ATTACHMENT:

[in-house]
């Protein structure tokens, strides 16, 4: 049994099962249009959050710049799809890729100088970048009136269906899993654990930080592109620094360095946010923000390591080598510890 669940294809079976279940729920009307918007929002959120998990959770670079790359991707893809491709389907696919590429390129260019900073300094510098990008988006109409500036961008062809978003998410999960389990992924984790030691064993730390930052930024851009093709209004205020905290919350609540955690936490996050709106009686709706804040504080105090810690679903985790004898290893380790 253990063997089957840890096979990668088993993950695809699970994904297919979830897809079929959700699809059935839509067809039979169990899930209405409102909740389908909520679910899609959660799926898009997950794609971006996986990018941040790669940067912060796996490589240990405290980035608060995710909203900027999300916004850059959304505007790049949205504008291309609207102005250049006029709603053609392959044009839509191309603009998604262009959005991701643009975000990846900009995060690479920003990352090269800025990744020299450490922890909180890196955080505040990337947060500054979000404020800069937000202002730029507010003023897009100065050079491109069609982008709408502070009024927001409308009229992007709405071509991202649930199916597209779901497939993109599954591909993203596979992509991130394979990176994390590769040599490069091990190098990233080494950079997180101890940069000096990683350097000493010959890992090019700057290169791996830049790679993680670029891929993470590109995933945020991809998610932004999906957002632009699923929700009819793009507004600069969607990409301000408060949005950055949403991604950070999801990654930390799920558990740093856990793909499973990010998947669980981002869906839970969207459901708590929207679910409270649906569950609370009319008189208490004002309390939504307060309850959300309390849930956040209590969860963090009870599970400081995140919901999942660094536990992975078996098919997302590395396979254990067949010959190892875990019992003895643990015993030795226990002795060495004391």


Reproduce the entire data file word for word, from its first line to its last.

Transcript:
[in-house]
């Protein structure tokens, strides 16, 4: 049994099962249009959050710049799809890729100088970048009136269906899993654990930080592109620094360095946010923000390591080598510890 669940294809079976279940729920009307918007929002959120998990959770670079790359991707893809491709389907696919590429390129260019900073300094510098990008988006109409500036961008062809978003998410999960389990992924984790030691064993730390930052930024851009093709209004205020905290919350609540955690936490996050709106009686709706804040504080105090810690679903985790004898290893380790 253990063997089957840890096979990668088993993950695809699970994904297919979830897809079929959700699809059935839509067809039979169990899930209405409102909740389908909520679910899609959660799926898009997950794609971006996986990018941040790669940067912060796996490589240990405290980035608060995710909203900027999300916004850059959304505007790049949205504008291309609207102005250049006029709603053609392959044009839509191309603009998604262009959005991701643009975000990846900009995060690479920003990352090269800025990744020299450490922890909180890196955080505040990337947060500054979000404020800069937000202002730029507010003023897009100065050079491109069609982008709408502070009024927001409308009229992007709405071509991202649930199916597209779901497939993109599954591909993203596979992509991130394979990176994390590769040599490069091990190098990233080494950079997180101890940069000096990683350097000493010959890992090019700057290169791996830049790679993680670029891929993470590109995933945020991809998610932004999906957002632009699923929700009819793009507004600069969607990409301000408060949005950055949403991604950070999801990654930390799920558990740093856990793909499973990010998947669980981002869906839970969207459901708590929207679910409270649906569950609370009319008189208490004002309390939504307060309850959300309390849930956040209590969860963090009870599970400081995140919901999942660094536990992975078996098919997302590395396979254990067949010959190892875990019992003895643990015993030795226990002795060495004391």